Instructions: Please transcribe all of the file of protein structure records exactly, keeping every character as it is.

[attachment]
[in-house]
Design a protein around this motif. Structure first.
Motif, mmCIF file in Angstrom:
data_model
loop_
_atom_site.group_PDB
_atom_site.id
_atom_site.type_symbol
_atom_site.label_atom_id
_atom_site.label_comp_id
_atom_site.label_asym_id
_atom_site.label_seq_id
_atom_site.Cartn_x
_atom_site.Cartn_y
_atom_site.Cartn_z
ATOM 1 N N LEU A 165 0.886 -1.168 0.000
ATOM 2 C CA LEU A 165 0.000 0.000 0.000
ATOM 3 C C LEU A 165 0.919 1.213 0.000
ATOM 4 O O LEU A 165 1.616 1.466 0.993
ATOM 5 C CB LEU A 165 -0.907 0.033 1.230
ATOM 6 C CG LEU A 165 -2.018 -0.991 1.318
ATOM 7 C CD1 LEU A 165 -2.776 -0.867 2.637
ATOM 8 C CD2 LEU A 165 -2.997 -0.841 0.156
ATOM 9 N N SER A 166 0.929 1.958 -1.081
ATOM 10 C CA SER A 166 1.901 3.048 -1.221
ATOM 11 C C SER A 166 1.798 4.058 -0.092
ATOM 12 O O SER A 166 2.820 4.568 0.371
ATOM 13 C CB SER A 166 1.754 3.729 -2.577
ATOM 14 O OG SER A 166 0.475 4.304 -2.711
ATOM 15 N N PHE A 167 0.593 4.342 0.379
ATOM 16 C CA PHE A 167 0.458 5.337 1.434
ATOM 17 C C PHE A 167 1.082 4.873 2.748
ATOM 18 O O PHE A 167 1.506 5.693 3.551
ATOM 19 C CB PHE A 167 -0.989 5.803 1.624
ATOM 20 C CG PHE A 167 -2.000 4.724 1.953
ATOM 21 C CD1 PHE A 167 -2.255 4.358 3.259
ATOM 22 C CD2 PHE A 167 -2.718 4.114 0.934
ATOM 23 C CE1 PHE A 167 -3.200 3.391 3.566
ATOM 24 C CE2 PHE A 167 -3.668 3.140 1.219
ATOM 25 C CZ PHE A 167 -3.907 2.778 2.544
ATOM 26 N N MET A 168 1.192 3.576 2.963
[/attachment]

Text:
[in-house]
Design a protein around this motif. Structure first.
Motif, mmCIF file in Angstrom:
data_model
loop_
_atom_site.group_PDB
_atom_site.id
_atom_site.type_symbol
_atom_site.label_atom_id
_atom_site.label_comp_id
_atom_site.label_asym_id
_atom_site.label_seq_id
_atom_site.Cartn_x
_atom_site.Cartn_y
_atom_site.Cartn_z
ATOM 1 N N LEU A 165 0.886 -1.168 0.000
ATOM 2 C CA LEU A 165 0.000 0.000 0.000
ATOM 3 C C LEU A 165 0.919 1.213 0.000
ATOM 4 O O LEU A 165 1.616 1.466 0.993
ATOM 5 C CB LEU A 165 -0.907 0.033 1.230
ATOM 6 C CG LEU A 165 -2.018 -0.991 1.318
ATOM 7 C CD1 LEU A 165 -2.776 -0.867 2.637
ATOM 8 C CD2 LEU A 165 -2.997 -0.841 0.156
ATOM 9 N N SER A 166 0.929 1.958 -1.081
ATOM 10 C CA SER A 166 1.901 3.048 -1.221
ATOM 11 C C SER A 166 1.798 4.058 -0.092
ATOM 12 O O SER A 166 2.820 4.568 0.371
ATOM 13 C CB SER A 166 1.754 3.729 -2.577
ATOM 14 O OG SER A 166 0.475 4.304 -2.711
ATOM 15 N N PHE A 167 0.593 4.342 0.379
ATOM 16 C CA PHE A 167 0.458 5.337 1.434
ATOM 17 C C PHE A 167 1.082 4.873 2.748
ATOM 18 O O PHE A 167 1.506 5.693 3.551
ATOM 19 C CB PHE A 167 -0.989 5.803 1.624
ATOM 20 C CG PHE A 167 -2.000 4.724 1.953
ATOM 21 C CD1 PHE A 167 -2.255 4.358 3.259
ATOM 22 C CD2 PHE A 167 -2.718 4.114 0.934
ATOM 23 C CE1 PHE A 167 -3.200 3.391 3.566
ATOM 24 C CE2 PHE A 167 -3.668 3.140 1.219
ATOM 25 C CZ PHE A 167 -3.907 2.778 2.544
ATOM 26 N N MET A 168 1.192 3.576 2.963